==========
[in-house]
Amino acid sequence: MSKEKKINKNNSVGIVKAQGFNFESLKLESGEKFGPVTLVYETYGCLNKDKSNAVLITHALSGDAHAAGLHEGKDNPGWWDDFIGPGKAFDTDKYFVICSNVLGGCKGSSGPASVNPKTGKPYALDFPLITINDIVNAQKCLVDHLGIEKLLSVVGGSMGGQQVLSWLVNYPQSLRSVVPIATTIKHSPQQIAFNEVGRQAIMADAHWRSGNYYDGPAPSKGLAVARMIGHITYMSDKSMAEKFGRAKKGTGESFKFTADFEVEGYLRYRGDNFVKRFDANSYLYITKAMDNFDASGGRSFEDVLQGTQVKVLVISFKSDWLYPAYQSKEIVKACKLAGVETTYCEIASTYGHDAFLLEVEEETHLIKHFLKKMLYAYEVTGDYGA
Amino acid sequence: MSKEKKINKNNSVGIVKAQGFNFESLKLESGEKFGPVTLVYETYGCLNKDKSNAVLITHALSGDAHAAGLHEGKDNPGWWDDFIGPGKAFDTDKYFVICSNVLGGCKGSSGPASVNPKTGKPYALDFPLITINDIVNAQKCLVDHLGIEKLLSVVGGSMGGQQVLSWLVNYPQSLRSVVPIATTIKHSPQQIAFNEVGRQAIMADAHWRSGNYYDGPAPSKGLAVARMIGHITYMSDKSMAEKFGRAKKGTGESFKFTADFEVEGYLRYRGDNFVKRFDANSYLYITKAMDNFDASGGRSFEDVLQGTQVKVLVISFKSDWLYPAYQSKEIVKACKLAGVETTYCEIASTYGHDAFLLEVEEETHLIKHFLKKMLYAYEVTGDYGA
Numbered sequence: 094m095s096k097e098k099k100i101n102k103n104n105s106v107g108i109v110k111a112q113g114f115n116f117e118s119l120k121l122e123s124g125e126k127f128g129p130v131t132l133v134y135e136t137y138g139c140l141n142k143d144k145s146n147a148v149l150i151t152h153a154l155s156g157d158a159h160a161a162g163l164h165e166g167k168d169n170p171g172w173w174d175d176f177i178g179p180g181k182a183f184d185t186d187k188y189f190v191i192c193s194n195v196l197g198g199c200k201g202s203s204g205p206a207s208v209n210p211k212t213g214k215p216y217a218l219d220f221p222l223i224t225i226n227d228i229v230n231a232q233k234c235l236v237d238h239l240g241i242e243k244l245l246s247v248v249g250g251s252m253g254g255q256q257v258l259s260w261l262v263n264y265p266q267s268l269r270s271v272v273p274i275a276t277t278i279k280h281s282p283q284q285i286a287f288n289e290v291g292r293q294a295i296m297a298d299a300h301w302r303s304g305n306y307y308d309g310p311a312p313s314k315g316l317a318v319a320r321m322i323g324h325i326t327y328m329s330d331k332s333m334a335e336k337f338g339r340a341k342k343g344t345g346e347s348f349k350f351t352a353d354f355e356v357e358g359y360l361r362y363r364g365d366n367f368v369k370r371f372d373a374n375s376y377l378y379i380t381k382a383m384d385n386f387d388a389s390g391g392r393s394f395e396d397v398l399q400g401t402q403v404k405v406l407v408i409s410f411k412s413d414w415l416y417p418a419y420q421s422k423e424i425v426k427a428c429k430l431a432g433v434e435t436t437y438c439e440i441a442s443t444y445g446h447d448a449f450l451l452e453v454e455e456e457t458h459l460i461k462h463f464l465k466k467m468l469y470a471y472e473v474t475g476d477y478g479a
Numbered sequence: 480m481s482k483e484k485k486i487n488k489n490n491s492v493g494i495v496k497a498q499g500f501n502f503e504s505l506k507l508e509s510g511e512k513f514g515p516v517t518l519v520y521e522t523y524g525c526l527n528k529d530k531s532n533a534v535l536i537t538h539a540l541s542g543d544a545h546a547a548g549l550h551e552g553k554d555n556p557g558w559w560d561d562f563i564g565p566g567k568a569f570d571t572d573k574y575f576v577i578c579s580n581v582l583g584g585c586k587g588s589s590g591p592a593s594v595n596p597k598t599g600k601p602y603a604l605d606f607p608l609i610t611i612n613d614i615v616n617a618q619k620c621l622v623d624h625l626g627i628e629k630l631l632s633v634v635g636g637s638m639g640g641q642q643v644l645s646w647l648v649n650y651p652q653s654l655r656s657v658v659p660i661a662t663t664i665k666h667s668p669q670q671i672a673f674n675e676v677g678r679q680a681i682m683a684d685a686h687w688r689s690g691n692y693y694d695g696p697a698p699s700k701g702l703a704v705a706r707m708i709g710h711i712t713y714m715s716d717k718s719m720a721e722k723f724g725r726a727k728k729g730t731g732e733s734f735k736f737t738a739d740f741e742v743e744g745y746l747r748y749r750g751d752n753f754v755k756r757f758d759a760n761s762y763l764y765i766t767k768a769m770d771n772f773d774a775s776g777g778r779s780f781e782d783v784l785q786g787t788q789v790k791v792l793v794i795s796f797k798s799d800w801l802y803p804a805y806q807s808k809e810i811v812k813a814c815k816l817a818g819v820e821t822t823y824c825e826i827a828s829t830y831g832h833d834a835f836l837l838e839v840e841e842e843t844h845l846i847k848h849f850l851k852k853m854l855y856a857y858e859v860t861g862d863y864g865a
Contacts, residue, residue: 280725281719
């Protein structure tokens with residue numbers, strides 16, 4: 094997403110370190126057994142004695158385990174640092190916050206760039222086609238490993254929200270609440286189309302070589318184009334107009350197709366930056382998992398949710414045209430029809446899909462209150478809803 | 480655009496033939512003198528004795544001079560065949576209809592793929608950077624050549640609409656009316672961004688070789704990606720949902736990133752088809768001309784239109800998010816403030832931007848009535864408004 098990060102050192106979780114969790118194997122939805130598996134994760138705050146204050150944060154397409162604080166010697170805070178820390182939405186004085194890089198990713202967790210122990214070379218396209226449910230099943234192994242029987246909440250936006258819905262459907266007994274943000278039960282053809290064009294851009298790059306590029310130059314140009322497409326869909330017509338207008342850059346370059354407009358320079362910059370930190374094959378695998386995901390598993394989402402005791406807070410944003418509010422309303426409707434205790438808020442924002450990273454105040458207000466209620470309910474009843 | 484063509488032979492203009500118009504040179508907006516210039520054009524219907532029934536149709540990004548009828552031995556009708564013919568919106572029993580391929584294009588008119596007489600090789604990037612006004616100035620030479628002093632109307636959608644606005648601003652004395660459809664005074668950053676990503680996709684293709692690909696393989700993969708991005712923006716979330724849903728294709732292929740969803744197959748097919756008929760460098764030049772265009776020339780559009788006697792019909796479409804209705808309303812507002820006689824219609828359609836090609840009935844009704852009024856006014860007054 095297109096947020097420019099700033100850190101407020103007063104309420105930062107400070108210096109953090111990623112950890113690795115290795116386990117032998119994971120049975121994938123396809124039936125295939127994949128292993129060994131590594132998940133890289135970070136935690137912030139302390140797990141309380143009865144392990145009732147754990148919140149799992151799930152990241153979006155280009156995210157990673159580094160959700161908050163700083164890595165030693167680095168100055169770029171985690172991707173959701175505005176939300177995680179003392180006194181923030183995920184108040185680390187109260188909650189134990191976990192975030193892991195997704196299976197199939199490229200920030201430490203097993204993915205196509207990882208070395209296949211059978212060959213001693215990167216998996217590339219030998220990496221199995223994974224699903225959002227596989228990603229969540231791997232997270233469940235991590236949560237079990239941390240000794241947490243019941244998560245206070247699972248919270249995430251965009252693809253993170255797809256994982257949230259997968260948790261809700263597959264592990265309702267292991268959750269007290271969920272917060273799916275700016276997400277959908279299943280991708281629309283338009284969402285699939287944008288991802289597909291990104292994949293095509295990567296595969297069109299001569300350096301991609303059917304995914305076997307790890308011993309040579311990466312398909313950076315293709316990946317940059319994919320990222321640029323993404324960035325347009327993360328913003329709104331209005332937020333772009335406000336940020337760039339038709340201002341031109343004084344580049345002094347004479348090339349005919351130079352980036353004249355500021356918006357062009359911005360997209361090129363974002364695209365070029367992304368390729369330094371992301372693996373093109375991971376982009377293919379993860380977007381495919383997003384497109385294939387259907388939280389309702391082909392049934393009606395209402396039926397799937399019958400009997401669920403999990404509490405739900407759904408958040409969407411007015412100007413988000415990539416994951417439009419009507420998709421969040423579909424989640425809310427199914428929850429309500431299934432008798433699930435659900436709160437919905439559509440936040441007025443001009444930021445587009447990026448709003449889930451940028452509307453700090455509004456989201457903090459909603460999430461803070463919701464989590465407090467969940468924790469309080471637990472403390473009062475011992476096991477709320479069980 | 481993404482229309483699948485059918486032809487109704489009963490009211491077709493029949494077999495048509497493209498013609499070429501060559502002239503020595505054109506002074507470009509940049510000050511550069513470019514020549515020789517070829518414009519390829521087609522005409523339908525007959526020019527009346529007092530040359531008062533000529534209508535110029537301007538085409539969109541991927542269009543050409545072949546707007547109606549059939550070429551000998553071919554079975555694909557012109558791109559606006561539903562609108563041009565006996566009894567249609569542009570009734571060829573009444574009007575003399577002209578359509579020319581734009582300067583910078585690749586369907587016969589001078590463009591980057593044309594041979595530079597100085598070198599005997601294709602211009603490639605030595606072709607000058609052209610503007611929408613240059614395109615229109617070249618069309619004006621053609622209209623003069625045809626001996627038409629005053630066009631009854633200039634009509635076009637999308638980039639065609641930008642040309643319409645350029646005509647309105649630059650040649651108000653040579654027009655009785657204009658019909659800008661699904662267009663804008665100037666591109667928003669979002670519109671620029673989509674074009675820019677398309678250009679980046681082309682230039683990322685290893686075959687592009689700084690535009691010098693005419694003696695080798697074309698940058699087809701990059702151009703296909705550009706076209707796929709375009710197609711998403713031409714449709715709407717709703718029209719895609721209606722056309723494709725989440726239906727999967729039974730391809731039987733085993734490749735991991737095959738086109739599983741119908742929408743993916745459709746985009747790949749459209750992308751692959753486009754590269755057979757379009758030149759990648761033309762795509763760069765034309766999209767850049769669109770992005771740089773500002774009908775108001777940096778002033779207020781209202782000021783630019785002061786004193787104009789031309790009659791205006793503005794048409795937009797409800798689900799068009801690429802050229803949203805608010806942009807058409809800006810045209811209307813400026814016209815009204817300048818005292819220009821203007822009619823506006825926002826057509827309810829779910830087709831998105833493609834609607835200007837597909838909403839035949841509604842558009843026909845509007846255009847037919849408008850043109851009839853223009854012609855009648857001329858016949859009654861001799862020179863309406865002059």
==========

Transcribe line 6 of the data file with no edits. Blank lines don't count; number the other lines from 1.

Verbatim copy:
Contacts, residue, residue: 280725281719